College Threatens To Cancel 9/11 Tribute Because American Flags Might Upset Muslim Students…Speechless.

    Via Human Events:
    If you thought that something as innocuous as putting up 3,000 American flags on school grounds to pay tribute to those murdered on September 11 couldn’t be controversial, you haven’t been to Marietta College.

    Administrators at this liberal arts college in southeast Ohio are threatening to cancel a 9/11 memorial planned by their students if flags from other countries are not observed in the activities as well.

    “I was taken aback by this decision,” said Sarah Snow, an Alabama native and junior at Marietta. “Our school should help students put on events, not set up obstacles, especially when we’re trying to honor those fallen.”

    It all started when Snow, the president of the Marietta College Republicans, approached her Student Life department to get approval to participate in the 9/11 Never Forget Project. In addition to organizing a candlelight vigil, Snow sought to plant 3,000 American flags around campus starting this Sunday morning. She received approval from the Office of Student Life on June 23, more than two months ago. But when she returned to campus for the fall semester, days before the memorial was to begin, the vice president of Student Life, Robert Pastoor, vowed to terminate the tribute unless foreign flags were mixed together with American ones.

    “He [Robert Pastoor] insisted we add the international flags for the reason that it was a ‘global perspective’ school,” Snow told HUMAN EVENTS in explaining Pastoor’s basis for interfering with the College Republicans’ memorial. He continued, she noted, by saying, “Other nationalities were killed in the twin towers as well” and that Marietta must “consider how the Muslim and Chinese students will feel about the [American flag] display.”

    Pastoor did not return a call and an e-mail requesting comment.

    While Marietta is arguing that the inclusion of other nations is consistent with the school’s “global” emphasis, critics see this as yet another example of college bureaucrats genuflecting to leftist orthodoxy.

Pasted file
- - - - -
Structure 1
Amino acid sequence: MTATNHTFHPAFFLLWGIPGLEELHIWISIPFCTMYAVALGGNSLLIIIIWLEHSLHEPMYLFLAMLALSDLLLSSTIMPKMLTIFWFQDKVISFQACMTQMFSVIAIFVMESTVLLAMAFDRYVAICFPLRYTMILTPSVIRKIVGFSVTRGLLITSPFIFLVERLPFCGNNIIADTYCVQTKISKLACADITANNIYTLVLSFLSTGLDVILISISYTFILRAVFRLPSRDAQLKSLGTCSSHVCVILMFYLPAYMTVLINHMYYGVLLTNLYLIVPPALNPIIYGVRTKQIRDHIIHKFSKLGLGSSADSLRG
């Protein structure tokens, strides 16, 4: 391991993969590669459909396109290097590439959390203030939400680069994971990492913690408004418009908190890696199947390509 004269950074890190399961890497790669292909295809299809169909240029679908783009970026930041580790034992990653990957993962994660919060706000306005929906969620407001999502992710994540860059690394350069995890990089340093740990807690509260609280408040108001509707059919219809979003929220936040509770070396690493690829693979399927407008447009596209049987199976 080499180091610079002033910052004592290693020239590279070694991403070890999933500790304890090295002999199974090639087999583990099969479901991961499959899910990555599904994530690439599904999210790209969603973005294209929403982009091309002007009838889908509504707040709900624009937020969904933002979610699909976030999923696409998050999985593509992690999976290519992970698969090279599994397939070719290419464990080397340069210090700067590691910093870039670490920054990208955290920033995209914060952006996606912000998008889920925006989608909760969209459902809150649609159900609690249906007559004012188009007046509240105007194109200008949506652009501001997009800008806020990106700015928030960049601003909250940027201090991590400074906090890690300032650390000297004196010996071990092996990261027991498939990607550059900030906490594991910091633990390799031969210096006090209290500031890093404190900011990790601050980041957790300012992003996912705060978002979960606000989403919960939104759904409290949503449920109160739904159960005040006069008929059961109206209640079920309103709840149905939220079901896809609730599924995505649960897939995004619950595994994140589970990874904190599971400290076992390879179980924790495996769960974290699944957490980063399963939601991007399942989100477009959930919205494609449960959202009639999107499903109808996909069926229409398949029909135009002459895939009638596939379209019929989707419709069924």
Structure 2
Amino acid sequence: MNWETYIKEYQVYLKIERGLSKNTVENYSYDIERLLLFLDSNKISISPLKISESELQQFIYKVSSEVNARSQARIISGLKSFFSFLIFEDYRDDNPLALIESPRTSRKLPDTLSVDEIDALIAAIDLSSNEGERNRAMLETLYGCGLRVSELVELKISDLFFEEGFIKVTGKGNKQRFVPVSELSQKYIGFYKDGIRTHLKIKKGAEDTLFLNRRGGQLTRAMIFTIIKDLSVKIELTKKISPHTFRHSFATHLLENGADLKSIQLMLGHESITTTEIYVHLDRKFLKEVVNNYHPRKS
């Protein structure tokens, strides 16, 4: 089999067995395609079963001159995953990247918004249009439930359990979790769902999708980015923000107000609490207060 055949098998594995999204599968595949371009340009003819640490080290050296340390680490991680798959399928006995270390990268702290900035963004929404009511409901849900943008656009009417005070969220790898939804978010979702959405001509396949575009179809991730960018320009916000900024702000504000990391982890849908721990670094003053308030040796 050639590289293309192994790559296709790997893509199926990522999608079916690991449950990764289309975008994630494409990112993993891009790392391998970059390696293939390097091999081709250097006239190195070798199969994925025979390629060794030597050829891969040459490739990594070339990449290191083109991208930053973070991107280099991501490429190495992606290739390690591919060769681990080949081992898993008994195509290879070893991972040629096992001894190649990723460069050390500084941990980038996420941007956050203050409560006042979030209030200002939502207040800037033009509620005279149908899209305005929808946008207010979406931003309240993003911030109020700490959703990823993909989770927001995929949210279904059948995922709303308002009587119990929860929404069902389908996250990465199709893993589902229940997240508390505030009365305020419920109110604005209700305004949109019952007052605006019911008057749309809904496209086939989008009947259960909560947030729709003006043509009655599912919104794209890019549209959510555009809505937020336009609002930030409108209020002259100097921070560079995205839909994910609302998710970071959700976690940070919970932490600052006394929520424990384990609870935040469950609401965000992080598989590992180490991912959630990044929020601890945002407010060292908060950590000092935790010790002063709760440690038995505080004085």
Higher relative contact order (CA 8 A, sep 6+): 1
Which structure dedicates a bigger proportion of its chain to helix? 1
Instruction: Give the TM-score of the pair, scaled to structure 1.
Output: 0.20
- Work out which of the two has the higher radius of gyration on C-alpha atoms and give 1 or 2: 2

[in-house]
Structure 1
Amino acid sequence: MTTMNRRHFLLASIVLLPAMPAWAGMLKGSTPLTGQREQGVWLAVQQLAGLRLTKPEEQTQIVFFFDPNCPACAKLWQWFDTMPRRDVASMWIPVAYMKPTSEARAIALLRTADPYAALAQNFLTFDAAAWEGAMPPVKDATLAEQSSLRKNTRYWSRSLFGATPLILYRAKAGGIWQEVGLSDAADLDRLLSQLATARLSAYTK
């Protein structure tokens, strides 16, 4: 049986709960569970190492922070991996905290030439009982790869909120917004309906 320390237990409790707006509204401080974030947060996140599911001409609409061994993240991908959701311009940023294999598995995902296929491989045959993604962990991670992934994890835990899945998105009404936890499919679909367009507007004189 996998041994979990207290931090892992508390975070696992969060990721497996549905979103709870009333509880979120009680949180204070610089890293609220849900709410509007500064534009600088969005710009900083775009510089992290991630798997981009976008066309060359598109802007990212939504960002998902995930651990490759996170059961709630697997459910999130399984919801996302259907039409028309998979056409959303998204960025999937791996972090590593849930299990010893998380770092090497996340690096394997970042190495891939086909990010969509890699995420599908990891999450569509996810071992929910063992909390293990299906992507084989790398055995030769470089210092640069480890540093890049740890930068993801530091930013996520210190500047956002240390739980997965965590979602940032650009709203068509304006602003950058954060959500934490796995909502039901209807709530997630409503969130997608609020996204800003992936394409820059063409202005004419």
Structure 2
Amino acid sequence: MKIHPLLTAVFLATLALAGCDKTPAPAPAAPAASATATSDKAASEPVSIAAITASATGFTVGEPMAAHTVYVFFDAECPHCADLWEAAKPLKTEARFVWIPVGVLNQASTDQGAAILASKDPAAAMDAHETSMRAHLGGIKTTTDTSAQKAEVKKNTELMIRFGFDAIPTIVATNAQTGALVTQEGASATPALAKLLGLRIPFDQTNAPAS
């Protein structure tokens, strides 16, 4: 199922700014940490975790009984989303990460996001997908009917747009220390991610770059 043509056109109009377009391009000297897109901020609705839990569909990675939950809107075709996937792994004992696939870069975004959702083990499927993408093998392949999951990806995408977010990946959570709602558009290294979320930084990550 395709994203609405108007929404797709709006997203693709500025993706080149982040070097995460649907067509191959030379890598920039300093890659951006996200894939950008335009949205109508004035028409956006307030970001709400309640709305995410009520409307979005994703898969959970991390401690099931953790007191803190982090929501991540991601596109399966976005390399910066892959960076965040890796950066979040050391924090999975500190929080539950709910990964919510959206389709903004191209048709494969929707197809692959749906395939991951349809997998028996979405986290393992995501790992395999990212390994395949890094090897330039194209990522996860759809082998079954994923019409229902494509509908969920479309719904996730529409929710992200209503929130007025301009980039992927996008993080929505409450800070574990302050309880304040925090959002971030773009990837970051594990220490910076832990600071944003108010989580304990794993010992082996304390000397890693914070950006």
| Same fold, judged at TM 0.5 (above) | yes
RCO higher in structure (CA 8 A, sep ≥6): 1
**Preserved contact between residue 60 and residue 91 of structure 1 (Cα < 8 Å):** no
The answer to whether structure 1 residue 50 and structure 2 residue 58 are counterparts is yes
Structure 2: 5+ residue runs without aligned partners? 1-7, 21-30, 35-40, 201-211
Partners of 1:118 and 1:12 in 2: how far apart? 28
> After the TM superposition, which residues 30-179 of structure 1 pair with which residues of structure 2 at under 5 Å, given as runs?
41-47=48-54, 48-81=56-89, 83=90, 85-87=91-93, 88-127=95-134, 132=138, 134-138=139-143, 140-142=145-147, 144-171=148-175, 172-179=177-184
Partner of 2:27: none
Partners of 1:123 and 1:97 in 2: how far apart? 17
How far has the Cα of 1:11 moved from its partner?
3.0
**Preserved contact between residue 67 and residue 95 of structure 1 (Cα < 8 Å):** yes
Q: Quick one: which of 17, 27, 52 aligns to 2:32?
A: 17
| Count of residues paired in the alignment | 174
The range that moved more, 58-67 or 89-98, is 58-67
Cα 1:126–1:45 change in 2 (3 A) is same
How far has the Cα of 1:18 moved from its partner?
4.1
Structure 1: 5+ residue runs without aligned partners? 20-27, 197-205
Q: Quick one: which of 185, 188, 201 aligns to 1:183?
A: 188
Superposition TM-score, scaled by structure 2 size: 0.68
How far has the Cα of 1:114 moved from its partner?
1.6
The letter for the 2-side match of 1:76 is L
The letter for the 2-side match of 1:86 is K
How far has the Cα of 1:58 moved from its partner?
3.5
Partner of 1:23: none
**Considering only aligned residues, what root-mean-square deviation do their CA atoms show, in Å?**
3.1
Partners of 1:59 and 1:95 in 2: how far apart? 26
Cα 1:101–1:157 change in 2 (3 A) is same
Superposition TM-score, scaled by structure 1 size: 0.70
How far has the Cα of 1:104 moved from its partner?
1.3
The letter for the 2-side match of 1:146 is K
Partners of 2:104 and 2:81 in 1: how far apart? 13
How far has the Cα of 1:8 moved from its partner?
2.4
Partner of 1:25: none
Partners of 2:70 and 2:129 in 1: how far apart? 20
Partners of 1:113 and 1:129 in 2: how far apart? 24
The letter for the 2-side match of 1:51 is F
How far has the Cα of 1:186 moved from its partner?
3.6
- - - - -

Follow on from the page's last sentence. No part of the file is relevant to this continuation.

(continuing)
17. moreluck

    moreluck golden ticket member

  18. ajblakejr

    ajblakejr Age quod agis

    More - Thank you AJ
  19. bigbrownhen

    bigbrownhen New Member

    All our lives were changed 10 years ago.

    10 years ago, I remember hearing about the first plane on the way to work. As I was making deliveries that day, customers were giving me updates of the events unfolding. There was very little phone service, couldn't contact family. After work, rushing home to hold my family, watching for the first time on TV the towers coming down. I also remember that night, I realized that this event will send my son to war. He was only 13 at the time, but I still knew. Today he sits in Iraq, as many others do, there and in Afganistan, to keep the "wolves" at bay. May we never forget those who died, those who serve, those who have lost.

    We are blessed to be Americans, with all of our differences, we are still one nation under God. We make it work. May our example show that it can be done.
  20. moreluck

    moreluck golden ticket member

    GEORGE W. BUSH, 43RD PRESIDENT OF THE UNITED STATES: Flight 93 memorial dedication speech....

    Mr. Secretary, thank you very much. Mr. Vice President, Dr. Biden, President Clinton, Mr. Speaker, members of Congress, my friends Tommy Franks and Tom Ridge, thank you for helping raise the money for this memorial. Members of the National Park Service and the National Park Foundation, all of those who supported this memorial, but most importantly, the families of Flight 93. Laura and I are honored to join you in dedicating this memorial to the heroes of Flight 93.
    When the sun rose in the Pennsylvania sky ten years ago tomorrow, it was a peaceful September morning. By the time it set nearly 3,000 people were gone. The most lives lost on American soil in a single day since the battle of Antietam.
    With the distance of a decade, 9/11 can feel like a part of a different era. But for the families of the men and women stolen, some of whom join us today, that day will never feel like history. The memory of that morning is fresh and so is the pain. America shares your grief. We pray for your comfort and we honor your loved ones.
    September 11th, 2001, innocent men and women went to work at the World Trade Center. They reported for duty at the Pentagon. They boarded American Flights 11 and 77, United 93 and 175. They did nothing to provoke or deserve the deliberate act of murder that al Qaeda carried out.
    One of the lessons of 9/11 is that evil is real, and so is courage. When the planes struck the World Trade Center, firefighters and police officers charged up the stairs into the flames. As the towers neared collapse, they continued the rescue efforts.
    Ultimately, more than 400 police officers and firefighters gave their lives. Among them was the chief of the New York City Fire Department Peter Gancy. As a colleague put it, he would never ask anyone to do something he didn’t do himself.
    The Pentagon service members and civilians pulled friends and strangers from burning rubble. One special forces soldier recalls reaching through a cloud of smoke in search of the wounded. As he entered one room, he prayed to find someone alive. He discovered a severely burned woman and carried her to safety. Later, in the hospital, where she explained she’s been praying for rescue. She called him her guardian angel.